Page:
bubbaWhy do I need to remind my daughter of all the excellent qualities she possesses?

Whenever I’m out with my daughter in public, chances are high that a stranger will approach us and remark how excellent Maggie is. I don’t welcome the attention, but I understand it. Maggie is uncannily beautiful. The moment the doctor pulled her out of my wife’s stomach, he looked at her swollen purple face and said, “She is gorgeous.”

All babies are cute in general. You’d be hard-pressed to find an ugly baby. But Maggie’s features are so delicate and precise that she goes far beyond beautiful. She’s pretty striking to look at from any distance. On more than one occasion, I’ve been asked if she models (or told that she should be modelling). I know, I know—all parents think that their children are beautiful. I’m not any different. But even if Maggie weren’t my daughter, I’d still say she is one of the most beautiful babies I have ever seen.

I’m sure you’ve noticed that I’ve been overusing the word “beautiful” throughout this column. I’m doing it on purpose. Maggie constantly hears that she is beautiful—from relatives, friends and strangers alike. It’s gotten to the point where I stop myself when I’m about to tell her how pretty or cute she looks. I change the direction of my phrase and tell her how smart she is instead. I do this because the last thing I want to do is give my daughter a complex. I don’t want her to grow up thinking that her looks are her only asset.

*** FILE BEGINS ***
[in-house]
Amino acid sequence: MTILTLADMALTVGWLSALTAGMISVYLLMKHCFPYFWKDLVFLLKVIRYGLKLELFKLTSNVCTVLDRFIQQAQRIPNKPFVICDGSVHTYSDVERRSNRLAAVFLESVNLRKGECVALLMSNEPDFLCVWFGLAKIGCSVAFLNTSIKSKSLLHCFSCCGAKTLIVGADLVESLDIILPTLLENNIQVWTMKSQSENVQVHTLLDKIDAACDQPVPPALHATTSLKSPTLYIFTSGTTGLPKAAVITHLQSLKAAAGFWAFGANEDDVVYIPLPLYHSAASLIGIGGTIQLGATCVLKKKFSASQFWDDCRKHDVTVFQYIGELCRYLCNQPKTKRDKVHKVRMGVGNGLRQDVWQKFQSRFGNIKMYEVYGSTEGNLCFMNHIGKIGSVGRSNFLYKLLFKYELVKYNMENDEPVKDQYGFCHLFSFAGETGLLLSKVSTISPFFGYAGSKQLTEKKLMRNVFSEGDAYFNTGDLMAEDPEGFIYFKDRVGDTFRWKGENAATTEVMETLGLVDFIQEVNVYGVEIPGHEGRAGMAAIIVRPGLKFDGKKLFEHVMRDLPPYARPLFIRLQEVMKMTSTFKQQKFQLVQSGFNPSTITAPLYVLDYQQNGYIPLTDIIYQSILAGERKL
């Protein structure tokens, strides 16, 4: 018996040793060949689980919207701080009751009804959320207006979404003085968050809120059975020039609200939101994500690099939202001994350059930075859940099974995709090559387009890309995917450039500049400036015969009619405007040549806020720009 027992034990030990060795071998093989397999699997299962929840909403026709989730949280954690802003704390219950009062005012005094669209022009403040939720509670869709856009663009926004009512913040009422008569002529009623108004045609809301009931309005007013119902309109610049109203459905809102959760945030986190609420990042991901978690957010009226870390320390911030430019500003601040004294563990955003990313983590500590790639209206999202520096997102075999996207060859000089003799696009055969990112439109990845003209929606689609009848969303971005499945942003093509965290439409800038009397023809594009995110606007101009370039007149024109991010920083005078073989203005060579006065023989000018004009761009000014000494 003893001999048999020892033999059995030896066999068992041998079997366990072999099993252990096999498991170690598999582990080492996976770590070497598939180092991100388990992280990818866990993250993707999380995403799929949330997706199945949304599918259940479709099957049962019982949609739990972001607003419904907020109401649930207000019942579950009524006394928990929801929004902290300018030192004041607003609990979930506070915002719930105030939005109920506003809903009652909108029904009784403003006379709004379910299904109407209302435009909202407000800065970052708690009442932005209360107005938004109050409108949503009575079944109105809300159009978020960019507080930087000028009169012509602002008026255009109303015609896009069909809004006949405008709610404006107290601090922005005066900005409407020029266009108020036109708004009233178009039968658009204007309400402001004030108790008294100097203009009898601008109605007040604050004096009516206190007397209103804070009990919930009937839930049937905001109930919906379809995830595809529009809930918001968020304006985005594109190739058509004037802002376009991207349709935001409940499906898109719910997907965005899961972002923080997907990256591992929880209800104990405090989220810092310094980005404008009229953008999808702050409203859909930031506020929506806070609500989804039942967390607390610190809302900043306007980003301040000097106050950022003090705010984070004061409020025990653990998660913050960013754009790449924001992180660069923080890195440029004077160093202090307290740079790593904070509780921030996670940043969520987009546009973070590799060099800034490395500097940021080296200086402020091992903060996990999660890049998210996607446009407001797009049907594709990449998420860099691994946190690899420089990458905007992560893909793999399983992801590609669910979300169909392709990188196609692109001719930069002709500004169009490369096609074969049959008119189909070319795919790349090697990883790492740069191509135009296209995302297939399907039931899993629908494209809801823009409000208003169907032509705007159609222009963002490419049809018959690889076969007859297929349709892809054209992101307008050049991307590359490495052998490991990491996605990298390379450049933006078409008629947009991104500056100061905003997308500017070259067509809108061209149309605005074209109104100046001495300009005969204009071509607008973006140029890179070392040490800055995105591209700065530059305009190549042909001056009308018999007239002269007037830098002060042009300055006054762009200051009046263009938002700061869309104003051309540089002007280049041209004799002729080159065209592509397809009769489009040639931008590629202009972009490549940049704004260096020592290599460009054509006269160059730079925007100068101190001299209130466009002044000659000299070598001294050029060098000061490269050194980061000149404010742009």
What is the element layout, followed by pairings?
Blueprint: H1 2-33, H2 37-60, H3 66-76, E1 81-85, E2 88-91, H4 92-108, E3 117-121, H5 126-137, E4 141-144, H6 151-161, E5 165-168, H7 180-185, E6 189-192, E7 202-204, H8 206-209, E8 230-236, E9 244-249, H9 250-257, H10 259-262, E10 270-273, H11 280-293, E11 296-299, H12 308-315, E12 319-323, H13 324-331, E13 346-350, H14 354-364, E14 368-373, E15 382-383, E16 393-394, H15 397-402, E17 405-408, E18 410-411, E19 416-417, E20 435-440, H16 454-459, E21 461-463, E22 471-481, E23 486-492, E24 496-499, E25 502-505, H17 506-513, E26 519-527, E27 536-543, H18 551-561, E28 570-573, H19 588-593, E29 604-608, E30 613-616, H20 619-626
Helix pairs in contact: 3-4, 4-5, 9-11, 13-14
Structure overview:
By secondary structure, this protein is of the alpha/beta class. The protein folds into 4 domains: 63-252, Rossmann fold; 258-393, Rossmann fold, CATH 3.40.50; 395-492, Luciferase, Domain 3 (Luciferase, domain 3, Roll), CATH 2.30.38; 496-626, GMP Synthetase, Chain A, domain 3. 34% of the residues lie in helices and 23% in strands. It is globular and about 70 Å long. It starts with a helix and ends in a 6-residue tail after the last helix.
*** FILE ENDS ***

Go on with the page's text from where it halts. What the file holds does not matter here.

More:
I know that I’m not going to stop telling my daughter that she is beautiful, and I’m not going to stop others from saying it. But I’m aware that I need to remind her of all the other incredible things she is as well. It’s like that old cliché—she’s more than just a pretty face. I want her to understand that most of all.

Maggie is funny, and she makes me laugh every day. She’s also brilliant and perceptive. She picks up on things so easily. Her ability to solve problems at such a young age astounds me. Maggie is kind, and this is evident by her ability to share, give hugs and high-fives to strangers, and kisses at bedtime. She’s adorably polite, even though she can’t fully say “please”, and her version of “thank you” is a gentle fist pump. Maggie is also incredibly stubborn (she takes after her mother—her other mother, that is) and determined. She likes to push her boundaries. But she never gets by on her looks.

Well, maybe sometimes.